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Suicide screening tool 'ineffective' for predicting psychiatric unit admittance

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A screening tool used for detecting suicide risk in general hospital patients who have self-harmed is ineffective and should no longer be used, new research suggests.

The SADPERSONS scale does not identify the majority of those who need to be admitted to a psychiatric unit, according to the study published online in Emergency Medicine Journal.

It also fails to detect most cases where community psychiatric aftercare is required or where further self-harm is likely, the researchers said.

Current national guidance in England states a full psychosocial assessment should be carried out with all patients who attend hospital after an episode of self-harm.

However, the study found that pressures due to waiting time targets and declining availability of mental health services mean that this does not always happen in practice.

It reported that emergency care staff are increasingly inclined to use rating scales to determine which patients may be discharged from hospital without a full assessment.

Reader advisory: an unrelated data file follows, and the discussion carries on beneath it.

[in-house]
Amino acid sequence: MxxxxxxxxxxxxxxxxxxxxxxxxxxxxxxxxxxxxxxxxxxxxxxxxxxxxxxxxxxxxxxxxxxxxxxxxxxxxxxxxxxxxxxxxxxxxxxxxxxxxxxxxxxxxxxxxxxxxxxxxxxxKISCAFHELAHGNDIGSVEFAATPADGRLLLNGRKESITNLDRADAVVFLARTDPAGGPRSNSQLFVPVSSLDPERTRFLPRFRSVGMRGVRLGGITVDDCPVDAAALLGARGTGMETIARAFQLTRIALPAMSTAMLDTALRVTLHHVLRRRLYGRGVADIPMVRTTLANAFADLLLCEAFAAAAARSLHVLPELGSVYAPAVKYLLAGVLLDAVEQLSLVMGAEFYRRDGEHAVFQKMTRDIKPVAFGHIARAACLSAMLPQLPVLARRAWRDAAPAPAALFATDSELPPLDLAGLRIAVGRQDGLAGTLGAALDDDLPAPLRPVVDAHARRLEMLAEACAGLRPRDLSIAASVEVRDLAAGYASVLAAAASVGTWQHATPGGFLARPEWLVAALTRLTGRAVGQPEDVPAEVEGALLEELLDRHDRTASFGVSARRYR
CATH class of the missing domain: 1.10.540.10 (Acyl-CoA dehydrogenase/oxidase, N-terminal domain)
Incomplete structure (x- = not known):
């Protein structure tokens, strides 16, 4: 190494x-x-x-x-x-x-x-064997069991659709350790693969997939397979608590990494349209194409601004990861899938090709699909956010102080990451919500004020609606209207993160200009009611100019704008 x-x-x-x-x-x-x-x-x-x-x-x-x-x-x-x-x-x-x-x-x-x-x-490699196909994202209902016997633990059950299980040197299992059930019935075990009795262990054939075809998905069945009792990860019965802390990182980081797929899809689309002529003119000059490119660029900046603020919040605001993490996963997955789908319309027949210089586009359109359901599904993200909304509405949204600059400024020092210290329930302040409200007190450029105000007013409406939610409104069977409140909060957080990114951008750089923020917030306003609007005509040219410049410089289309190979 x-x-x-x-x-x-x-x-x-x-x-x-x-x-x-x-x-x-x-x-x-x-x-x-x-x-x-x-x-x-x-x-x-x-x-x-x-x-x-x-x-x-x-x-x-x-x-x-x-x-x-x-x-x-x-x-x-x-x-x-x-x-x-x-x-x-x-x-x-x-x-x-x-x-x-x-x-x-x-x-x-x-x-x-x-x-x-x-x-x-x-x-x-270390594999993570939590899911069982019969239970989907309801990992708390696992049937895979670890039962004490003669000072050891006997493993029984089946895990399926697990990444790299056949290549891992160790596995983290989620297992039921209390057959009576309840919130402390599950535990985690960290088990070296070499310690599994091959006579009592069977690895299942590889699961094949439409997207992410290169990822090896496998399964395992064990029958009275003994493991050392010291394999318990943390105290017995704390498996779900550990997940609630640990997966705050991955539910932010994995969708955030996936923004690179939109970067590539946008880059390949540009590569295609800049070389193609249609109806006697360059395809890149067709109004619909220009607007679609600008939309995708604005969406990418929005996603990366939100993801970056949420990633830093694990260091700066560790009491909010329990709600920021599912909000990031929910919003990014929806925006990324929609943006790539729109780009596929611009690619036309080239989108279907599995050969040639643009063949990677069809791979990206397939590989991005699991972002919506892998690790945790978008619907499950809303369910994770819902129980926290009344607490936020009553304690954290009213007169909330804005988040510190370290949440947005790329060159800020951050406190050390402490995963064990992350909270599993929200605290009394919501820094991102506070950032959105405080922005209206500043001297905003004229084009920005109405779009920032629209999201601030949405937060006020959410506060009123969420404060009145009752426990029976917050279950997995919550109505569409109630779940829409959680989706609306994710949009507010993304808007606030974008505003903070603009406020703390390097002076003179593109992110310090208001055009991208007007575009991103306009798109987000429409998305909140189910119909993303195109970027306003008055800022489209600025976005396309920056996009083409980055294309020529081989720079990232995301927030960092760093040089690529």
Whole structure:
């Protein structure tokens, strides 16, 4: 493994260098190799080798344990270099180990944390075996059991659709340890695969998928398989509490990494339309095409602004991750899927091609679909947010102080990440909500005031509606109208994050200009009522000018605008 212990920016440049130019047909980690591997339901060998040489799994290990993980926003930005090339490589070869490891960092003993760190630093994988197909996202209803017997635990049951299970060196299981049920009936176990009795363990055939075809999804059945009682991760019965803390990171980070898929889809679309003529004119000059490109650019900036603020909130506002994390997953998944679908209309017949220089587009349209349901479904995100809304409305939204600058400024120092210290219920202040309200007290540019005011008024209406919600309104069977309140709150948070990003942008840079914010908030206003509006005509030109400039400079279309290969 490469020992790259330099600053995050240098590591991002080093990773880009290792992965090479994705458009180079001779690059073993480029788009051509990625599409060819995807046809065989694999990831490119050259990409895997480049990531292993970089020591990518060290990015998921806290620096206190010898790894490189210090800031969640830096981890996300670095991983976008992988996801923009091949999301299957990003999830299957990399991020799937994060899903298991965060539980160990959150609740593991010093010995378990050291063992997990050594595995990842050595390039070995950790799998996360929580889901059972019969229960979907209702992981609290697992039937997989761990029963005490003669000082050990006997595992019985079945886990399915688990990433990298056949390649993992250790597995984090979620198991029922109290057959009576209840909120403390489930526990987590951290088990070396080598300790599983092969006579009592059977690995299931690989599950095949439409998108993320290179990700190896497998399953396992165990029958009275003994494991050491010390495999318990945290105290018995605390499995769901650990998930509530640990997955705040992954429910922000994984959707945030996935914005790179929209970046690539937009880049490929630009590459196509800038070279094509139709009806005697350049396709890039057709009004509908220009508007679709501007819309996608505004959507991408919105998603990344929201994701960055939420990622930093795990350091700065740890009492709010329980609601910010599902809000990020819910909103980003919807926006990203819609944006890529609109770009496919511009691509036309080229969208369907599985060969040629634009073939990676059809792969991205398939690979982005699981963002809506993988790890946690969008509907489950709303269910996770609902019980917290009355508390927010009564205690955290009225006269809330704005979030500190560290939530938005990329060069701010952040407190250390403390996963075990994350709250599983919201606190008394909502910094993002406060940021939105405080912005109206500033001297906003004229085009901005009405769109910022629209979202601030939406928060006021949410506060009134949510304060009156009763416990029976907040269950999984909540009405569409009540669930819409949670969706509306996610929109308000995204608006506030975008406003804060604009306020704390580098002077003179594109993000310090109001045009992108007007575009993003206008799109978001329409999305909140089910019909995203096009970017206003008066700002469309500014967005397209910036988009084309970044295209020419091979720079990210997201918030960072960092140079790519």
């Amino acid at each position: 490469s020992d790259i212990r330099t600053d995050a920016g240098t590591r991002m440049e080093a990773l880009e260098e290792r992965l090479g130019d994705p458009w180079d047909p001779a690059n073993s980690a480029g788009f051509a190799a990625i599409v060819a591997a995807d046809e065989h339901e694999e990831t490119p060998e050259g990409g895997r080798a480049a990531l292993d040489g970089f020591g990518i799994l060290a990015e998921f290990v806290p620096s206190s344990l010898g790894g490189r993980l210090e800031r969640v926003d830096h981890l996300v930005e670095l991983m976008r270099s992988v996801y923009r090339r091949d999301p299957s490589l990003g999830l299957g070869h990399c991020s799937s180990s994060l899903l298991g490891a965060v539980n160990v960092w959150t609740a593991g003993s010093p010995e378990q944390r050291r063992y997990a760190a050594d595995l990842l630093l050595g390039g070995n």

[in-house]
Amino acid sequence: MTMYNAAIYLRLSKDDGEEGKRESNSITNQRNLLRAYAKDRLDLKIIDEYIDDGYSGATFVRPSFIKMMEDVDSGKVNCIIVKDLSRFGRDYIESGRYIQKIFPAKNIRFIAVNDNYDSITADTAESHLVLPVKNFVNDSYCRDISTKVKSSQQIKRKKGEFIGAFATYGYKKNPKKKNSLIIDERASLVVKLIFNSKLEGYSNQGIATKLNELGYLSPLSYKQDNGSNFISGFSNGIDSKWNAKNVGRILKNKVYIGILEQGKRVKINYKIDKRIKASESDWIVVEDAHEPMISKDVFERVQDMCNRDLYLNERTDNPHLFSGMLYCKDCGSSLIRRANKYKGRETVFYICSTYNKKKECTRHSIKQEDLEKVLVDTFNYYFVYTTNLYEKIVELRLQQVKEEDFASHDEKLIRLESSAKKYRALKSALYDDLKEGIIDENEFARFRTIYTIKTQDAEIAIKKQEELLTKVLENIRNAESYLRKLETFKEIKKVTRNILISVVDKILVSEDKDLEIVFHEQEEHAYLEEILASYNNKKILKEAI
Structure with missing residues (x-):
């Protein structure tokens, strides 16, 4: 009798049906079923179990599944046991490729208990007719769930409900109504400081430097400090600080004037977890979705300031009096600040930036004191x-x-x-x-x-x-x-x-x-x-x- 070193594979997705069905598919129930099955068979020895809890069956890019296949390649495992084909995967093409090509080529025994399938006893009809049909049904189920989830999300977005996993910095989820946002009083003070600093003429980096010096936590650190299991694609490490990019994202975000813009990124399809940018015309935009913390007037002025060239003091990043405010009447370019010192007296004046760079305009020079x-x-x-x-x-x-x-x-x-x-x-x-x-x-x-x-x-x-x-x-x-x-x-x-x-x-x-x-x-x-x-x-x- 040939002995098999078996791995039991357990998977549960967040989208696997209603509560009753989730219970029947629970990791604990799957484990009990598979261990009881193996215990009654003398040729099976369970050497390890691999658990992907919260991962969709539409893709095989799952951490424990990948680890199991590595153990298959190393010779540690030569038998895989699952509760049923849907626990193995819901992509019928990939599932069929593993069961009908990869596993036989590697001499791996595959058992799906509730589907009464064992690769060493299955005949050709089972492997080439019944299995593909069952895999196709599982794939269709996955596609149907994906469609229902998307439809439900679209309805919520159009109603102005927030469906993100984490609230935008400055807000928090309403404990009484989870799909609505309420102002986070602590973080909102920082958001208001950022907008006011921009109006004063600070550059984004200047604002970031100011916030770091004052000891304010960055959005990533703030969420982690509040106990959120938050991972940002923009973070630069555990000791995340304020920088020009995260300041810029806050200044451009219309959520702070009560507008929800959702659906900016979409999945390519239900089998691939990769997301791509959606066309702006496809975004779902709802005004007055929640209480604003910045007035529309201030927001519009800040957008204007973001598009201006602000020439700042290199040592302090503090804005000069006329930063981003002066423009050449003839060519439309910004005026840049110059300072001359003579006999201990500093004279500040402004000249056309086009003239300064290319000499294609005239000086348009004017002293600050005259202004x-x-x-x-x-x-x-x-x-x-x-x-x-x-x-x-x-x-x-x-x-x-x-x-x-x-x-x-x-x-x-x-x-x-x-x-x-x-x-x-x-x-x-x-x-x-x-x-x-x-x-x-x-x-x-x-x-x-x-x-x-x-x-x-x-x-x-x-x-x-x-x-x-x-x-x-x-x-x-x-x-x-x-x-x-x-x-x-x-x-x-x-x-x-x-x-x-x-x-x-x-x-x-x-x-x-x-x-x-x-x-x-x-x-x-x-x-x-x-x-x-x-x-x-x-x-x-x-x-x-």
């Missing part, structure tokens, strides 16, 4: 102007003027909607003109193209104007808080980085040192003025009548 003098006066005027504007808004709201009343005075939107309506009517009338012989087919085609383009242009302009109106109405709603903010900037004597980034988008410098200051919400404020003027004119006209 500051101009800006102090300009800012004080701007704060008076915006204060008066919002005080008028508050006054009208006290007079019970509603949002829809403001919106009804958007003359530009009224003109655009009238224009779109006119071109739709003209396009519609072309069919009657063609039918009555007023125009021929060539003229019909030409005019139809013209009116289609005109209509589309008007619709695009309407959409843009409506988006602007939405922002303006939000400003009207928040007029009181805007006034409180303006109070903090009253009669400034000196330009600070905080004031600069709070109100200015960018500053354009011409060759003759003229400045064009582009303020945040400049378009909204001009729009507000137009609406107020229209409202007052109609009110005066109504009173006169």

The SADPERSONS Scale, developed in the US in 1983, is based on 10 risk factors. The authors of the study suggest it has changed little since it was first invented.

For the study, they assessed SADPERSONS scores given to 126 patients consecutively admitted to an emergency medicine department in a major general hospital in Oxford during the summer of 2011.

Their aim was to assess the accuracy of the SADPERSONS score in terms of how well it predicted the future care and treatment given to individual patients.

They reported that admission to a psychiatric unit was required in five cases (4%), while community psychiatric aftercare was needed in just over half (55%; 70).

Around one in four patients (24.6%) self harmed again on at least one occasion.

The study found that the SADPERSONS Scale picked up just 2% of those needing admission to a psychiatric unit, around 6% of those needing community psychiatric aftercare and just over 6.5% of those likely to self harm again.

The authors by stressing that it is vital that any tool designed to identify suicide risk is highly accurate and has a low rate of false negative results so that those at risk of committing suicide do not go undetected.

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